Cell culture and treatment

The N2a cells were cultivated in high glucose DMEM supplemented with 10% FBS and penicillin (100 units/mL) and streptomycin (100 [micro]g/mL) at 37[degrees]C in an atmosphere of 5% C[O.sub.2]. Trypsin solution was used to passage cultures whenever they were grown to confluence. The cells at subconfluent stage were harvested from culture flask and after checking the viability with trypan blue exclusion technique they were seeded overnight in 96 well culture plate. To test the possible cytotoxicity of V. tricolor, the culture media was changed to one containing varying concentrations (100-800 [micro]g/mL) of the hydroalcoholic extract and its fractions. The cells were further incubated for 24 h and observed under light inverted microscope for shape, granulation and suspension (anchorage independency).

MTT assay

The effect of V. tricolor on N2a cell proliferation was determined using MTT colorimetric assay as previously described (Hajzadeh 2007, Mousavi 2010). Briefly at the end of treatment the MTT solution was added to each well of culture plate to make a final concentration of 0.5 mg/mL and the reaction mixture incubated for 2 h. The mixture was removed and the resulting formazan dissolved by adding 200 [micro]g/mL L DMSO to each well. The optical density of formazan dye was read at 545 nm (against 620 nm as background). The assay was carried out in triplicate and repeated twice for confirmation. The percentage of viable cells was calculated as the mean [+ or -] SEM with controls set to 100%.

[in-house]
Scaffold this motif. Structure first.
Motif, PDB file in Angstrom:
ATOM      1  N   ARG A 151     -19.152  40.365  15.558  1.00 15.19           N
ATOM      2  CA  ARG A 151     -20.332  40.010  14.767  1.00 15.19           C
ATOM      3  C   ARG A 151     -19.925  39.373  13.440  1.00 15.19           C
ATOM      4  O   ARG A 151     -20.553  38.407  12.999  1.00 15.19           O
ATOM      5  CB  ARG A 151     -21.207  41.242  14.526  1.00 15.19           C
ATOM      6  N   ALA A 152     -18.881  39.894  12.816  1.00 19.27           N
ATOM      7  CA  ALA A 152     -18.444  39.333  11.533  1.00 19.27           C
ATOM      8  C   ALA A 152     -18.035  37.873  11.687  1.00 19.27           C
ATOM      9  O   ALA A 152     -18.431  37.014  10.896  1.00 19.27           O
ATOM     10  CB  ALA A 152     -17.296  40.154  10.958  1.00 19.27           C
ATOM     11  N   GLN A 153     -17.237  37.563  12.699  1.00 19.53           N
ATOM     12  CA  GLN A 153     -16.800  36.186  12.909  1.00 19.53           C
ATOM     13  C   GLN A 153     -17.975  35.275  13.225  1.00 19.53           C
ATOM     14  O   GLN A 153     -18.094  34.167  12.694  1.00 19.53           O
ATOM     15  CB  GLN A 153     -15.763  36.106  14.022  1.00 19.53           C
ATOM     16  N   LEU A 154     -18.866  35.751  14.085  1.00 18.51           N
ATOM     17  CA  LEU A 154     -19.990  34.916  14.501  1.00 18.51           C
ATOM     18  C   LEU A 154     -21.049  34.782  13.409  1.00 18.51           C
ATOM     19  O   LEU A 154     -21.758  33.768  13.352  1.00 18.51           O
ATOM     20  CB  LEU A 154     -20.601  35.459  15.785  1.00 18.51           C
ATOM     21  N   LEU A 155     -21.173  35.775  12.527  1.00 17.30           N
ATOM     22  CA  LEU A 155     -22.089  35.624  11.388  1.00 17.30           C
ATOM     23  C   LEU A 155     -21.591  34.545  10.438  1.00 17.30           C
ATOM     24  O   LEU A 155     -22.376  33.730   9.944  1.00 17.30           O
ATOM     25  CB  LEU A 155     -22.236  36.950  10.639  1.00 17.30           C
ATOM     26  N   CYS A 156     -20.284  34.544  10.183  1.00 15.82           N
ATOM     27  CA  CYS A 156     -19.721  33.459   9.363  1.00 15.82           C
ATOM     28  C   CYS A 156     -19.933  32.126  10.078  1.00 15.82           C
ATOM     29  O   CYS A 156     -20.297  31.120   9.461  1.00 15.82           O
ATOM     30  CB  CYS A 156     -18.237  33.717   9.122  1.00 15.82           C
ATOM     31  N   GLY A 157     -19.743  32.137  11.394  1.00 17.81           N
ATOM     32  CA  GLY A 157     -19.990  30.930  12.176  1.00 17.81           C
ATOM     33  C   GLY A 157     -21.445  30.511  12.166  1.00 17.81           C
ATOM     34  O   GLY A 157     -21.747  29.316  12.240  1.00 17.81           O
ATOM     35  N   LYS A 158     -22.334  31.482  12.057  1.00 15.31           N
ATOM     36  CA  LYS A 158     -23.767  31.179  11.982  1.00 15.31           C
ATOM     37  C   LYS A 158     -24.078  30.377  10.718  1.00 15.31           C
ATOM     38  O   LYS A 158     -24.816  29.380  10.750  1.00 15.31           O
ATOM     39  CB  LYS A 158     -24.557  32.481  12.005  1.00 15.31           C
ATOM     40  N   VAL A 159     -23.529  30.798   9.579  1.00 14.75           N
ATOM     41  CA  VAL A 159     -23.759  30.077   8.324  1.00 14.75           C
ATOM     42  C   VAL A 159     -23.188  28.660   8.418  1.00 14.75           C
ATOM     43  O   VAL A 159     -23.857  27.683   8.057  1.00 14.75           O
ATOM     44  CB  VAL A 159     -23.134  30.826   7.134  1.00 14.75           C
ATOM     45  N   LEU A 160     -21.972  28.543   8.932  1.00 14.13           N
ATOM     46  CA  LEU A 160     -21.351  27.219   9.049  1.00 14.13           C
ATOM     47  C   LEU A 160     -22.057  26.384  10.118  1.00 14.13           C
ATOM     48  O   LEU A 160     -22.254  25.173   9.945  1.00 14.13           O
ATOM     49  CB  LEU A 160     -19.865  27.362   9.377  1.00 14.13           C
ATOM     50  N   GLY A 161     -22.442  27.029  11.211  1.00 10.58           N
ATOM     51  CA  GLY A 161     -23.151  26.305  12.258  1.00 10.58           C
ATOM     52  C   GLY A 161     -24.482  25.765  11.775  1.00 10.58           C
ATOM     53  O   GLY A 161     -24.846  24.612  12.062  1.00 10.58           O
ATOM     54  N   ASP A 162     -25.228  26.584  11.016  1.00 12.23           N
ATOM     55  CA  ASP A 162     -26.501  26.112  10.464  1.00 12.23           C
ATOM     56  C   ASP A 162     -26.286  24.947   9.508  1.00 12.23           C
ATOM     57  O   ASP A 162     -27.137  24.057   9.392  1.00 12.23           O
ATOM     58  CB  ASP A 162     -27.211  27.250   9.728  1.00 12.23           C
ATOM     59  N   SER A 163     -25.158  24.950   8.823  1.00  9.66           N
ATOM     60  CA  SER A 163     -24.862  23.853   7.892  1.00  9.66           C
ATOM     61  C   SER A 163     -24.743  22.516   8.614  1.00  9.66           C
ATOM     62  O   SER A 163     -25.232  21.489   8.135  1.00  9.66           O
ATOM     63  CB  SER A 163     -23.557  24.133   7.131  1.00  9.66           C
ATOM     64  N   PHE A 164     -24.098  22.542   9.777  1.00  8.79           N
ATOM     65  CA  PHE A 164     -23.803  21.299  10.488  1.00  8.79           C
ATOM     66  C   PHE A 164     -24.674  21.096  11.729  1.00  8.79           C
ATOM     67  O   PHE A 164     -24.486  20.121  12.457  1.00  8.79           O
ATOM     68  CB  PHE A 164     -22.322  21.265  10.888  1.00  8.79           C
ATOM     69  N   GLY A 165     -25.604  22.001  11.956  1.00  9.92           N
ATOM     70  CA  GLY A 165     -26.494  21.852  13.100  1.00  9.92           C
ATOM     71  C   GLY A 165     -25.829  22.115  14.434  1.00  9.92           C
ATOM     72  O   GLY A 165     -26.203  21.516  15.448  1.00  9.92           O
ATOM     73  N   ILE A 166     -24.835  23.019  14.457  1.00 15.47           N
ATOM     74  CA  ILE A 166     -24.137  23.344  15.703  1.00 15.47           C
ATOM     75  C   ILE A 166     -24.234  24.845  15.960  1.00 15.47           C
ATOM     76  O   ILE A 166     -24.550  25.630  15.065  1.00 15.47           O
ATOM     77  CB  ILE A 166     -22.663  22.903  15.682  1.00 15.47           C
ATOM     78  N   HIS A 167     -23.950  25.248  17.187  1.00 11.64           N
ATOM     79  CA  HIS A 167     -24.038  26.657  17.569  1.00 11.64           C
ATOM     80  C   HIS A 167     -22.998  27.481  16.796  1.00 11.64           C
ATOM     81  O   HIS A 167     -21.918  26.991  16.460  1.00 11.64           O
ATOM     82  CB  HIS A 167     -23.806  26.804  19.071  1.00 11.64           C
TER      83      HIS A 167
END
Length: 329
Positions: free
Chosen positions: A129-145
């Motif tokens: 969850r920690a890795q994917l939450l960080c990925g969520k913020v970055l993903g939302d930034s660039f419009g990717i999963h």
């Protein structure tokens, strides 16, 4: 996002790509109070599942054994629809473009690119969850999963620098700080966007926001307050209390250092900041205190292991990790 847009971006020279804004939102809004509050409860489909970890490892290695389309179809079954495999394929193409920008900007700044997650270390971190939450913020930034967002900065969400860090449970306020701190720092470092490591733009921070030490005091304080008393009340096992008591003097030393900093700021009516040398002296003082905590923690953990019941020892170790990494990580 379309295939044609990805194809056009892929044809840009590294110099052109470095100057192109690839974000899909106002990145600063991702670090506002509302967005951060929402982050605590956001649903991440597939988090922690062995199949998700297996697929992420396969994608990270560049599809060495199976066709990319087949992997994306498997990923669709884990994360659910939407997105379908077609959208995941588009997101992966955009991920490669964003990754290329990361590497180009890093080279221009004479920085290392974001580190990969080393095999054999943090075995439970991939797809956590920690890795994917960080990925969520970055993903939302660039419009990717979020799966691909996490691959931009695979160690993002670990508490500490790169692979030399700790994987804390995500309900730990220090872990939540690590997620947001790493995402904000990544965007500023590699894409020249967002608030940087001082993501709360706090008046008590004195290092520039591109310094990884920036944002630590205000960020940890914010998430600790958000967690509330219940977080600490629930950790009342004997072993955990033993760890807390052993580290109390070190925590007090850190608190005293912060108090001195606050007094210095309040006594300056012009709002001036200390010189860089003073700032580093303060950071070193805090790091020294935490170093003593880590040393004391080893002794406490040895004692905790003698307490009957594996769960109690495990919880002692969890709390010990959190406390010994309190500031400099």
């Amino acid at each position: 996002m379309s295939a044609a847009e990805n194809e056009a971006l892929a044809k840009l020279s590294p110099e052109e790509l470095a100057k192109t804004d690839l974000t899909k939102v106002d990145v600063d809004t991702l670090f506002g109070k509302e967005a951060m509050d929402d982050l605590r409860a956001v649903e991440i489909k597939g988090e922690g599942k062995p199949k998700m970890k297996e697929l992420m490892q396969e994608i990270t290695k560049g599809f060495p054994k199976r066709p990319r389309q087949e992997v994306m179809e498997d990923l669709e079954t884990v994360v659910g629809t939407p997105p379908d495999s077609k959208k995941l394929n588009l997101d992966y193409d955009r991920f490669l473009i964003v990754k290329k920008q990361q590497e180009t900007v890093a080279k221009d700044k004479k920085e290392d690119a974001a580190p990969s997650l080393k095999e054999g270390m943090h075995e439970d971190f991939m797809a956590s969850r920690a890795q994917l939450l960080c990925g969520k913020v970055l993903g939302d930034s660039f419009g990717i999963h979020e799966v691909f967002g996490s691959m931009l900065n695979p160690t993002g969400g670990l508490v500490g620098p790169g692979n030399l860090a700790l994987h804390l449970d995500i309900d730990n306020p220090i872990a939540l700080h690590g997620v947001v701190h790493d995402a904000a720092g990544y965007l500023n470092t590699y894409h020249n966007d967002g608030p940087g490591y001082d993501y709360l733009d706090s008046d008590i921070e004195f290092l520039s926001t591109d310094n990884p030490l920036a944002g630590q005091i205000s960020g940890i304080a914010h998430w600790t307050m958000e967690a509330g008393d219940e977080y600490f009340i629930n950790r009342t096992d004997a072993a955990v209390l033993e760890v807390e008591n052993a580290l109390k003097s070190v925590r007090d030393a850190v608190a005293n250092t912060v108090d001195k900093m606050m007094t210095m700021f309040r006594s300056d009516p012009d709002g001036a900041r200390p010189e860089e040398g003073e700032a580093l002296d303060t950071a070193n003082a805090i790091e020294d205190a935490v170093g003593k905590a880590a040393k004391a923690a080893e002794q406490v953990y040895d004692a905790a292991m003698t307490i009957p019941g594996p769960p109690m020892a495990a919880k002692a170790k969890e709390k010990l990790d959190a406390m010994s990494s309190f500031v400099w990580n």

All results are presented as mean [+ or -] standard error of the mean (SEM). The values were compared using the one way analysis of variance (ANOVA) followed by Tukey's post hoc test for multiple comparisons. The p-values less than 0.05 were considered to be statistically significant.


Effect of hydroalcoholic extract on surviving cells

As shown in Figure 1 the percentage of surviving cells in all concentrations of the hydroalcoholic extract demonstrated no significant change compared with the control cells. In the presence of 0, 100, 200, 400 and 800 Lg/mL of this extract, the percentage of cell viability was 100 [+ or -] 10, 85 [+ or -] 7.6, 100 [+ or -] 7, 91 [+ or -] 9 and 77 [+ or -] 3.5 respectively.

Effect of water fraction on surviving cells

The presence of water fraction in the culture medium led to a concentration dependent decrease in cell viability (Fig 2). But the effect was not statistically significant even at the highest concentration tested in this study.




The percentage of all surviving cells (quantified by MTT assay) was normalised against untreated control cells (0 [micro]g/ mL). Data are mean [+ or -] SEM of two independent experiments performed in triplicate.


Cells were treated with increasing concentrations of n-butanol fraction for 24 h. *P < 0.001 versus 0.